From this study, we can conclude that fenretidine slowed the lesion growth in some patients with geographic atrophy, and seemed to correlate with decreased levels of retinol binding. Fenretidine reduced the incidence of CNV in both treatment arms, and was generally well tolerated. The drug's developers are moving onto a phase 3 trial.


Retinal imaging expert Jay Duker, MD, director of the New England Eye Center, spoke about the use of imaging in diabetic retinopathy (DR). Dr. Duker gave a comprehensive overview of imaging in DR, with a special emphasis on how the use of optical coherence tomography has evolved over the last several years and how it should and should not be used.

Dr. Duker discussed all four types of imaging available: fundus photography, fluorescein angiography, B scan ultrasonography and OCT, including the four types of fundus photos (central, widefield, stereo and ETDRS standard field) and two types of FA (standard and widefield). These imaging modalities help the clinician in documenting disease, including the progression or regression of DR, and make the diagnosis of proliferative DR or retinal detachment, particularly in the case of cloudy media or shallow fluid.

According to Dr. Duker, FA is becoming less and less important in following diabetic retinopathy patients. Dr. Duker then turned to a more specific discussion of fundus photography. Reiterating the four subtypes of fundus photos, Dr. Duker briefly asked the audience how many used the DR levels (10 to 53) established by the Early Treatment of Diabetic Retinopathy Study. Seeing few hands, he said, “I think it's just not something we use clinically,” although he submitted that, for research purposes, the levels are useful.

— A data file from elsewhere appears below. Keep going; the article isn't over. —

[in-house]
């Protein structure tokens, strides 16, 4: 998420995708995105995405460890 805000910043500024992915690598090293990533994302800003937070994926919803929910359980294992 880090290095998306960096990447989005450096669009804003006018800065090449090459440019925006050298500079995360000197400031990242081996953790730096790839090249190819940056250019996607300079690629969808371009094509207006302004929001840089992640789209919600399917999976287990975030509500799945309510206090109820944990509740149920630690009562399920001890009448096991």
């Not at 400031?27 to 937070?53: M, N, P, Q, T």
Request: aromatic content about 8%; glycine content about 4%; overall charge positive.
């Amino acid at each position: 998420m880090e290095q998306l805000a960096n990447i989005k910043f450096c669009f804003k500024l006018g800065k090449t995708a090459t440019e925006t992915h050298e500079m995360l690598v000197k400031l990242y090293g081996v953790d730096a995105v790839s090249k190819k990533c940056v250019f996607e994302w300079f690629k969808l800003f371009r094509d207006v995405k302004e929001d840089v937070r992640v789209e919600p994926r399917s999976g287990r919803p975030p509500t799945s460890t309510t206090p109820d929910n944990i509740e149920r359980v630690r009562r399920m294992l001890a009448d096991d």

As far as “standard” macular fundus photography is concerned, Dr. Duker said, its advantages are that it is easy and readily available and that certain morphological features, such as hard exudates, are most easily seen with fundus photos. However, it cannot confirm clinically significant macular edema (CSME), and its usefulness when there is media opacity is limited.

Here, Dr. Duker made an important point about compensation for imaging studies, noting that Medicare will only cover one ancillary imaging test per patient visit. If there are two or more different diagnoses in a patient, then that patient may be a candidate to undergo more than one modality and they may be reimbursed. However, he said, going forward, doing so will be more difficult, so it is most important that the best modality be chosen and that extraneous imaging studies not be done. At this point, Dr. Duker showed the first of several case study slides. The case he showed was of a patient with diabetic macular edema whose case resolved in two years' time without treatment (Figure 4).

Figure 4. Dr. Duker's first case study was of a patient with DME whose case resolved in two years' time.

Regarding stereo fundus photography, Dr. Duker noted that, while this type of photography has been useful in landmark studies to document progression of DR over time, it is almost never used clinically. This lack of use is a result of its time-consuming nature and the requirement of a trained reader to interpret the results. Furthermore, it cannot replace a comprehensive eye exam, and other types of imaging studies are more accurate in diagnosing DME.

Next, Dr. Duker very briefly discussed B-scan ultrasonography, which is very useful in the presence of media opacity and is a particularly good aid in diagnosis retinal detachment and determining the need for surgery. Then, Dr. Duker moved on to FA, which he characterized as the best imaging modality for highlighting microaneurysms and showing ischemia, as well as diagnosing PDR, although it is possible to diagnose PDR without FA.